Guest Post by Lincoln Ballard: On Double Performances in Music

October 7, 2010 at 7:10 am 5 comments

As a rhetorical strategy, repetition is one of the best defenses against music’s fleeting, temporal nature.  Composers intuitively know that fact and infuse their works with all sorts of repetitive devices, from the microcosmic level of rhythms and motives to full restatements of entire sections.  Performers have their own decisions to make with regard to repetition, from quotidian choices such as whether or not to heed a repeat sign or dal segno (although even this issue can flare up into controversy) to the extreme case of repeating a complete work during the same program — an act that can either enlighten audiences or test their patience.  I thought it would be interesting to survey some performers who risked double performances (hereafter, “DPs”), explore the hit-and-miss reception they received, and consider what place DPs have in contemporary concerts.

I first encountered the phenomenon by studying the London premiere of Alexander Scriabin’s Prometheus: Poem of Fire.  This work charted new territory with its opaque harmonic language, program about the genesis of the cosmos, and futuristic scoring for clavier à lumières, or color organ.   In light of its novelty, British conductor Sir Henry J. Wood (1869-1944) boldly performed Prometheus twice on 1 February 1913 (without the color organ) in order to aid audience comprehension.  Brilliant PR stunt or foolhardy gamble?  Critic E. A. Baughan reported that in between performances over half of the audience left because “their musical morals had been outrageously assaulted” and that the second hearing only slightly eased the burden put upon the remaining listeners.  Wood’s supporters hailed the concert as a triumph, but other witnesses were skeptical.  Even Scriabin enthusiast Arthur Eaglefield-Hull grumbled, “surely some less brutal policy than playing the work twice over at one concert could have been found.  Who would want to hear, say, the Ninth Symphony of Beethoven through twice running?”

To Hull’s chagrin, Hans von Bülow – husband to Liszt’s daughter, Cosima (before she left him for Wagner) – had intrepidly climbed that sonic mountain twice in a concert of 19 December 1880 in Meiningen.  But Bülow had his doubters.  In his book on performing the Beethoven symphonies, conductor Felix Weingartner (1890-1942) questioned whether it was possible to “experience the sensations of this twice repeated titanic struggle from darkness to light and from pain to joy, then to cover the sunlight which is just breaking through with stormy clouds again, in order to enjoy the victory da capo immediately after?”  Weingartner’s reservations were confirmed by listeners of Bülow’s DP of the Ninth Symphony who simply reached sensory overload: “Numerous witnesses have told me with regret that they were unable to follow intelligently the second time and that the second performance did not attain the same level as the first.”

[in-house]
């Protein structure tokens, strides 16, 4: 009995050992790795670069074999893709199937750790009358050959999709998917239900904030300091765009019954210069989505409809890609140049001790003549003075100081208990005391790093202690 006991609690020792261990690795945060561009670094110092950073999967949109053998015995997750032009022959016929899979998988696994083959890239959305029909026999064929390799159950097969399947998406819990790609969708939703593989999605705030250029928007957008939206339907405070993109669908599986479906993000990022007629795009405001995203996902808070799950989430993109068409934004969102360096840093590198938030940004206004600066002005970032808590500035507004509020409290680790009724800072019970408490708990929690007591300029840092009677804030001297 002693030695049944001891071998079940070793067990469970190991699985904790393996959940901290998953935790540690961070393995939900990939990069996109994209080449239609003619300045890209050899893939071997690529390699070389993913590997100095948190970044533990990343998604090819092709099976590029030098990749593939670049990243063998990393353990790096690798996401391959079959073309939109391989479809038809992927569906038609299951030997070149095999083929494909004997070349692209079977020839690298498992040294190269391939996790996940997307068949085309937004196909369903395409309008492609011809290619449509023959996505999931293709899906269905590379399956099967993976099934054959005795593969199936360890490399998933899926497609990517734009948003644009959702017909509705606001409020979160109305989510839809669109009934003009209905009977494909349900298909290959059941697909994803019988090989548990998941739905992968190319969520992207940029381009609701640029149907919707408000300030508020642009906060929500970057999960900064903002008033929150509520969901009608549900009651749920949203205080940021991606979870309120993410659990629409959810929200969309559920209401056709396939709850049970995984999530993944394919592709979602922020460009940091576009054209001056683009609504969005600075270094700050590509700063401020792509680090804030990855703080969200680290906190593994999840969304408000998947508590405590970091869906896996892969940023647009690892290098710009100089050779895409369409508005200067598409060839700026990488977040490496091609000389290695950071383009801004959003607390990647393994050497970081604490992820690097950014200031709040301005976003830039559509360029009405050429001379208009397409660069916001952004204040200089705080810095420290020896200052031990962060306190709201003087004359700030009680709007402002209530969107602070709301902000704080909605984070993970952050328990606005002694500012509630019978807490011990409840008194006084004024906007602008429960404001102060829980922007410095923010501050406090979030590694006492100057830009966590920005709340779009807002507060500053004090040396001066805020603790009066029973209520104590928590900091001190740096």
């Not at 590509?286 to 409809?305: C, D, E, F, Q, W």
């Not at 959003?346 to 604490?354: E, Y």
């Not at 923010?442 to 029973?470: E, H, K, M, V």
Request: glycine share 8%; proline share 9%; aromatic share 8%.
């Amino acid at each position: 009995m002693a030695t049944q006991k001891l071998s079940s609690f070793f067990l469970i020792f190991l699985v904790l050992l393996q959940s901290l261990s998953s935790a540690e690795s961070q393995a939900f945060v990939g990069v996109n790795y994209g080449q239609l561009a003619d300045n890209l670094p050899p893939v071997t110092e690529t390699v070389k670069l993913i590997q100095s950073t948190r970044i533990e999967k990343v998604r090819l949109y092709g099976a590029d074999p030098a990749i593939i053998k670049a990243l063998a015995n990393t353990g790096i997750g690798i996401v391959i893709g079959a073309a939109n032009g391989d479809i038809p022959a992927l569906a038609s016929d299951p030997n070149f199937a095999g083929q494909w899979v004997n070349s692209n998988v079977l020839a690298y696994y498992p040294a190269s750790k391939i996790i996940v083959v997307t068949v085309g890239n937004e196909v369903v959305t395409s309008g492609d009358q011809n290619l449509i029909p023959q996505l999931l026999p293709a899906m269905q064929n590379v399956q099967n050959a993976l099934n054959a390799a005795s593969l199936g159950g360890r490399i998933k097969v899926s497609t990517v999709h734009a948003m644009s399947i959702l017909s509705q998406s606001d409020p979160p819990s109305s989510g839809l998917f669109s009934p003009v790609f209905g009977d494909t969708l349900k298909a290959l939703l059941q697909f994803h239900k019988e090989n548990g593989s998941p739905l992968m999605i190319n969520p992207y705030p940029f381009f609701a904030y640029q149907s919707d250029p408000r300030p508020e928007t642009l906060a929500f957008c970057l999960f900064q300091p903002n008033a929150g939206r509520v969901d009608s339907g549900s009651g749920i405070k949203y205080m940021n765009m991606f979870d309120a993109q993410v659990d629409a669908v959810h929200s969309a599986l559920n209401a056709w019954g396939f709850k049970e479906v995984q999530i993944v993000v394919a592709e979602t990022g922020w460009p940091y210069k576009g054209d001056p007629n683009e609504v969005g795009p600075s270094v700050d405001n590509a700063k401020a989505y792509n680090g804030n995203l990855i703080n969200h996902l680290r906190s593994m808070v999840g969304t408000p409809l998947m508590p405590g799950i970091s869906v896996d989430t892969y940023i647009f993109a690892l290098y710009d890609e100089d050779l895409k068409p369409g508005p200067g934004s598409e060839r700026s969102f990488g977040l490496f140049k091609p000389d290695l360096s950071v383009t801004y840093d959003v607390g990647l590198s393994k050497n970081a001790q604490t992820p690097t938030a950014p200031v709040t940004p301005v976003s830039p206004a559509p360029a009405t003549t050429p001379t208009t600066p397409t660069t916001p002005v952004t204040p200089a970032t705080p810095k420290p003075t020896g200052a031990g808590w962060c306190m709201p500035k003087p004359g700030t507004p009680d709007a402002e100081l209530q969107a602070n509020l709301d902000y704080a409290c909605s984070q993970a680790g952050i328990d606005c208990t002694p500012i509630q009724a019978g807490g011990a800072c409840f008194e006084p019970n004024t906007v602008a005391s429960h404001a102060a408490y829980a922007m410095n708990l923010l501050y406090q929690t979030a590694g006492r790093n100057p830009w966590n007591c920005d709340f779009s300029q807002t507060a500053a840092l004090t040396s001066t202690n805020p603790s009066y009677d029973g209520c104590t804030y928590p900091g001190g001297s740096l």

So does that mean that DPs of Beethoven’s epic late works are bound to disappoint?  Not necessarily.  Thayer’s Life of Beethoven reported on a 23 March 1825 performance of the E-flat String Quartet Op. 127 in which violinist Joseph Böhm (1795-1876), who was close to the composer, persuaded his ensemble to play the piece twice in succession as reparation for an earlier flop and poor reviews.  After diligently prepping the work under Beethoven’s watchful eyes, the resulting DP proved a success.  A reviewer for Bäuerle’s Theaterzeitung reported that during the repeat performance, “the misty veil disappeared and the splendid work of art radiated its dazzling glory.”

Böhm’s experiment was not the only occasion when a DP clarified a piece.  Other notable examples include Mahler conducting his Fourth Symphony in late October 1904 in Holland for a small but appreciative audience, and a 2008 Julliard concert featuring Elliott Carter’s Asko Concerto twice in one evening.  I assume that when a DP is well received, audiences first acquaint themselves with the work’s formal and harmonic peculiarities and allow their emotions to guide them through the second time.  Another observation we might make is that listeners tend to avoid overindulging on canonized works (unless they’re brief), and that lesser known or unknown works benefit most from DPs. For better or for worse, DPs show different perspectives on a work, as back-to-back performances of a piece is much like signing your name twice in a row — while similar, it’s virtually impossible to replicate every stroke and curve of the pen.

DPs come in many guises are not always a concession to the audience.  Sometimes performers just want a second crack at a piece after a lackluster performance (as I heard Jerome Rose do once with Liszt’s B minor Sonata, and as every performer has wanted to do at one time or another).  Nor do DPs always honor the composer’s wishes.  In a letter of 7 June 1913 to his Maecenas Mitrofan Belaief, Scriabin had protested, “I say to you frankly that double performances of Prometheus are not to my liking.  It is impossible to give equal inspiration twice over.”  Admittedly, composers can be misleading or simply change their minds.  Beethoven initially took offense to the suggestion that Op. 127 was challenging enough to benefit from repeat performances, but Böhm’s demonstration convinced him of the effectiveness of this approach and Beethoven subsequently approved of a DP for his Op. 132 Quartet.  An underlying consideration in all of this is how we respond to music intellectually and emotionally, huge topics that lie beyond my scope today.  For further reading on the socio-cultural and philosophical implications of musical repetition, readers can consult informative essays by Richard Middleton, Peter Kivy, and John Rahn.[1]

It’s good to see that the practice of DPs is still alive today, and I would welcome a return to the days when audiences voiced their appreciation for a work by requesting an immediate second hearing — something I’ve never witnessed in any classical concert.  It would be reassuring to know that performers and audiences alike hold the key to initiate a repeat performance and that both parties are willing to take that risk to offer a deeper appreciation for a challenging piece.  I for one would stick around to listen.